35. +
  36. Planning: full wireframes for each breakpoint Pros: Cons • most thorough method • takes the longest • no page element left unexplored • in some cases, wireframes don’t • may be the best solution for retrofitting preclude the group changing their mind because it provides the most detail later • with a slow-decision group, can bog down length of process
  37. Planning: responsive prototypes Pros: Cons: • gets specific about repositioning and • requires someone on the team have content without promising every detail front-end skills • one asset per template instead of three • may not preclude the need for more or four detailed wireframes
  38. Styletiles: for when moodboards are too vague and comps are too precise Source: styletil.es
  39. Sparkbox’s in-browser style prototype Writeup: seesparkbox.com Download: github fork
  40. Design patterns provide effective examples at the beginning of a project so that you’re not rethinking the wheel. Source: Luke W
  41. Responsive design patterns Source: Brad Frost on github.com
  42. Responsive design patterns Source: Brad Frost on github.com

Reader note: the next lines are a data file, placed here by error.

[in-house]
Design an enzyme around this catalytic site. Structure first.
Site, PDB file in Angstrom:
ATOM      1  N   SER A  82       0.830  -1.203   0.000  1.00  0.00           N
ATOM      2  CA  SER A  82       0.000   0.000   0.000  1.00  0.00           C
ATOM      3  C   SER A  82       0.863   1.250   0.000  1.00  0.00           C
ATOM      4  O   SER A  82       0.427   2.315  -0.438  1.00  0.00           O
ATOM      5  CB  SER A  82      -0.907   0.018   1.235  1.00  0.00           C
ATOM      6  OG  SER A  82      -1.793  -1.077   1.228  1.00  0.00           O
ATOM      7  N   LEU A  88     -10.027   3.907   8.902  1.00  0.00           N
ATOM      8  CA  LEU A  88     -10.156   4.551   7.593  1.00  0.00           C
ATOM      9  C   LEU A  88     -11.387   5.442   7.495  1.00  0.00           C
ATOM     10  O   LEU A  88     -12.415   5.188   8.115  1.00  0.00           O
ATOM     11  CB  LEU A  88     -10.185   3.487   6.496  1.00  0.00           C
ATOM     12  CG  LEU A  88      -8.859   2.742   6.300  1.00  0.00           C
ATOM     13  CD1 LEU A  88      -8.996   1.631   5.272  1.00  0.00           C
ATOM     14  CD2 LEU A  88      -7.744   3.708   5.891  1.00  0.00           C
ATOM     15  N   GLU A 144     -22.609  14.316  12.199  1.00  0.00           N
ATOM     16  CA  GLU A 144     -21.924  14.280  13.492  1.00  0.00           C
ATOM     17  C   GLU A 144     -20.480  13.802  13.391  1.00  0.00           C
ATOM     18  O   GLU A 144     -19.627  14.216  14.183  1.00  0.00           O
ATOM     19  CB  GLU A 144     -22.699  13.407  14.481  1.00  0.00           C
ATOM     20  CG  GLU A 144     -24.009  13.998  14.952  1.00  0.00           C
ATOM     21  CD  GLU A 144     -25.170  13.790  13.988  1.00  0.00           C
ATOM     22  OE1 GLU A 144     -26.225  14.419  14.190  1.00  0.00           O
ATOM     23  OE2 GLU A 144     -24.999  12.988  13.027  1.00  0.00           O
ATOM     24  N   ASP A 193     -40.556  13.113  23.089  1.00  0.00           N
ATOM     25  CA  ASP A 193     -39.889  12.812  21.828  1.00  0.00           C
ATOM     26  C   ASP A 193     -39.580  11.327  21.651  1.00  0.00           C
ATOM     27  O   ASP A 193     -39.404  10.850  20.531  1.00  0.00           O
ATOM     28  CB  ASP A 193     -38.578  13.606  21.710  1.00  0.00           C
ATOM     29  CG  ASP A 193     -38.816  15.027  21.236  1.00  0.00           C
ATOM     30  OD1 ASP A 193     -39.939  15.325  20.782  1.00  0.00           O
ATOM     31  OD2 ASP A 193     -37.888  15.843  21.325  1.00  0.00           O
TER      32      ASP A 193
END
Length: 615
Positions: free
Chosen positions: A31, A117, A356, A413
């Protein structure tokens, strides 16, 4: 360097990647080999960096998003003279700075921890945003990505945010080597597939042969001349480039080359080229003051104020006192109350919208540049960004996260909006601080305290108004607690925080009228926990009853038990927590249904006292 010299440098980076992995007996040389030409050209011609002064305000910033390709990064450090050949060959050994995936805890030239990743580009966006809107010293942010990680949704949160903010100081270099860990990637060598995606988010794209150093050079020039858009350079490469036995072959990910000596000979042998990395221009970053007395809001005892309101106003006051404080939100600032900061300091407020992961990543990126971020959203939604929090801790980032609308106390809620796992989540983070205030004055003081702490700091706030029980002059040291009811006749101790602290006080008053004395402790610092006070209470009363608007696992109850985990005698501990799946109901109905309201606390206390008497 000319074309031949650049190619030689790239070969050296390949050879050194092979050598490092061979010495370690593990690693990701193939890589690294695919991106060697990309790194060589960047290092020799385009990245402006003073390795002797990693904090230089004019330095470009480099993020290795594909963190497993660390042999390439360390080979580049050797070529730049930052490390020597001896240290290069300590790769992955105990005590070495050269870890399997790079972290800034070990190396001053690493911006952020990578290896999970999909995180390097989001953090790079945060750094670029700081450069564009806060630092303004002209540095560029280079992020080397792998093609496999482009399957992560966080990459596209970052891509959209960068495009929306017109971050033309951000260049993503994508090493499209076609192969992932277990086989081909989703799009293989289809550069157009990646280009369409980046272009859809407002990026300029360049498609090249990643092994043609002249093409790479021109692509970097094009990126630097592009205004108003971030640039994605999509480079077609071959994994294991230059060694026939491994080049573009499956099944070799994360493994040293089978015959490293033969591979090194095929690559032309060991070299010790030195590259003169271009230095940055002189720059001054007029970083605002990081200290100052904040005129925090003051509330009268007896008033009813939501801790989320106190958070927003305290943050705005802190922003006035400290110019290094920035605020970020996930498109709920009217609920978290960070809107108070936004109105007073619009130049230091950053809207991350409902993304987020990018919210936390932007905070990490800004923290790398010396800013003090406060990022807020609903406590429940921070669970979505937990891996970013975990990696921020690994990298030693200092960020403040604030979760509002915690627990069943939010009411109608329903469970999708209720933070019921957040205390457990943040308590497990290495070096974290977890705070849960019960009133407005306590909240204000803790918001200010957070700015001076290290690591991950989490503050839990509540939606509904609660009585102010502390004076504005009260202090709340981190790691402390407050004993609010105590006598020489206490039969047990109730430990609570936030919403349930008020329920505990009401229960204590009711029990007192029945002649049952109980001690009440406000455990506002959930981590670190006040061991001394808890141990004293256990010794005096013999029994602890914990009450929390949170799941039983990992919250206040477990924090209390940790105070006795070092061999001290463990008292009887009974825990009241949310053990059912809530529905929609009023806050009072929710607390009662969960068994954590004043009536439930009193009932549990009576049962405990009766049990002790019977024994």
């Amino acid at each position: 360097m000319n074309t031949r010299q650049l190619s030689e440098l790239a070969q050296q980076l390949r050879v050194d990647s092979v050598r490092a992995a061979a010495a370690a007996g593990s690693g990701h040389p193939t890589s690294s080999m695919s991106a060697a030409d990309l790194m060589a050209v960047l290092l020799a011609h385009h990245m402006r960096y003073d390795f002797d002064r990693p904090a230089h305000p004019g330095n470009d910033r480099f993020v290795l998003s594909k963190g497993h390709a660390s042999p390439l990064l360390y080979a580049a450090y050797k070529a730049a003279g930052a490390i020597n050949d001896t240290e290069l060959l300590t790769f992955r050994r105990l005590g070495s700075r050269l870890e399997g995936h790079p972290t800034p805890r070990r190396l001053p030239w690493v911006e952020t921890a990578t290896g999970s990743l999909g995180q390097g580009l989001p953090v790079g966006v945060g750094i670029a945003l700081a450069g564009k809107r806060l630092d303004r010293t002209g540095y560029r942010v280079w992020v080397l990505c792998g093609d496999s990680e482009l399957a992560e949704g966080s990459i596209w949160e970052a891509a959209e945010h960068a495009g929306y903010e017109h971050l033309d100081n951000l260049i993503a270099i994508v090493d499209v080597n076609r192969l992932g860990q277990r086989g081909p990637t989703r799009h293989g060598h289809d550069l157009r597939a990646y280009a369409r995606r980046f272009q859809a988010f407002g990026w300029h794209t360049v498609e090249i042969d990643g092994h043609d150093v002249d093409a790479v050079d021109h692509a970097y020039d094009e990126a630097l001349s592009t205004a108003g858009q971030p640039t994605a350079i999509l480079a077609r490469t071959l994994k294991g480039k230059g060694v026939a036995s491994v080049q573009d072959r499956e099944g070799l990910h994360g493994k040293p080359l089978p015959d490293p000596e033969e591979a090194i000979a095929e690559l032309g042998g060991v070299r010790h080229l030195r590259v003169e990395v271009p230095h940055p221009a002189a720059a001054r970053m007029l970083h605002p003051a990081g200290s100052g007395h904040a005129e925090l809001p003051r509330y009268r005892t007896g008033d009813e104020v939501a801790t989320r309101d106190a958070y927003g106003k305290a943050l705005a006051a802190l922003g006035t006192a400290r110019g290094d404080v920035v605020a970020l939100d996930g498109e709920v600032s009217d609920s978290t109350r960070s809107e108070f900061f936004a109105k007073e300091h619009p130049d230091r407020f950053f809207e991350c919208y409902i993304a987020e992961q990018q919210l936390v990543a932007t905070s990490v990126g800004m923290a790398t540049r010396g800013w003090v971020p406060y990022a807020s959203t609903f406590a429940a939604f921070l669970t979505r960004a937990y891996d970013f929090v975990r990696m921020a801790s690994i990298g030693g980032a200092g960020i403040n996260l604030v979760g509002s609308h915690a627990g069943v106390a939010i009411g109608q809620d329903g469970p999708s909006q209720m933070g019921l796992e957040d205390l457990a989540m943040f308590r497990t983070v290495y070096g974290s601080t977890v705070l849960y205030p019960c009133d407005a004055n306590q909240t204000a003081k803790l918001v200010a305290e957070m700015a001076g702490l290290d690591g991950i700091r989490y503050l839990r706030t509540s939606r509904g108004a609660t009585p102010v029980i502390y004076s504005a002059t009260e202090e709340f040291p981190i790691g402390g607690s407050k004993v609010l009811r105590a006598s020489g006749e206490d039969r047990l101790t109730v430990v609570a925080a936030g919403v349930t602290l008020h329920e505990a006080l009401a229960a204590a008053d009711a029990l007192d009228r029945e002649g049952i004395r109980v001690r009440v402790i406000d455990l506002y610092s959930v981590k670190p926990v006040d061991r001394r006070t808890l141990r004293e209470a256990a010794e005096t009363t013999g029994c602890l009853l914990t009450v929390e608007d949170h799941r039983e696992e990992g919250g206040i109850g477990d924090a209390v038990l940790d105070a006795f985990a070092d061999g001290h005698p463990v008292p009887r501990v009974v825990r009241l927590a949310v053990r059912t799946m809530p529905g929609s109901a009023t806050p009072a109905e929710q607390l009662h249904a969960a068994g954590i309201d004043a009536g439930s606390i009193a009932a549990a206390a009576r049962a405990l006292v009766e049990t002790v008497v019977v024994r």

43. New patterns: off canvas touch layouts Source: Luke W and Jason Weaver
  44. Source: Zurb
  45. Patterns for contemporary look and feel patterntap.com dribbble.com mobiletuxedo.com
  46. A last note on planning: plan to conduct user testing on multiple devices
  47. © Brad Frost brad’s iceberg
  48. © Brad Frost brad’s iceberg
  49. V. OPTIMIZATION & TESTING
  50. 1 MB The average weight of a web page today. Flash HTML CSS Other Images JavaScript 82% Source: HTTP Archive
  51. 86% RWD sites whose small screen design weights the same as the large screen. Source: Podjarny
  52. 71% Users expect your mobile site to load as quickly as your desktop site. Source: Gomez
  53. “ The way in which CSS media queries have been promoted for mobile hides tough problems and gives developers a false promise of a simple solution for designing for small screens.” Source: Jason Grigsby on Speakerdeck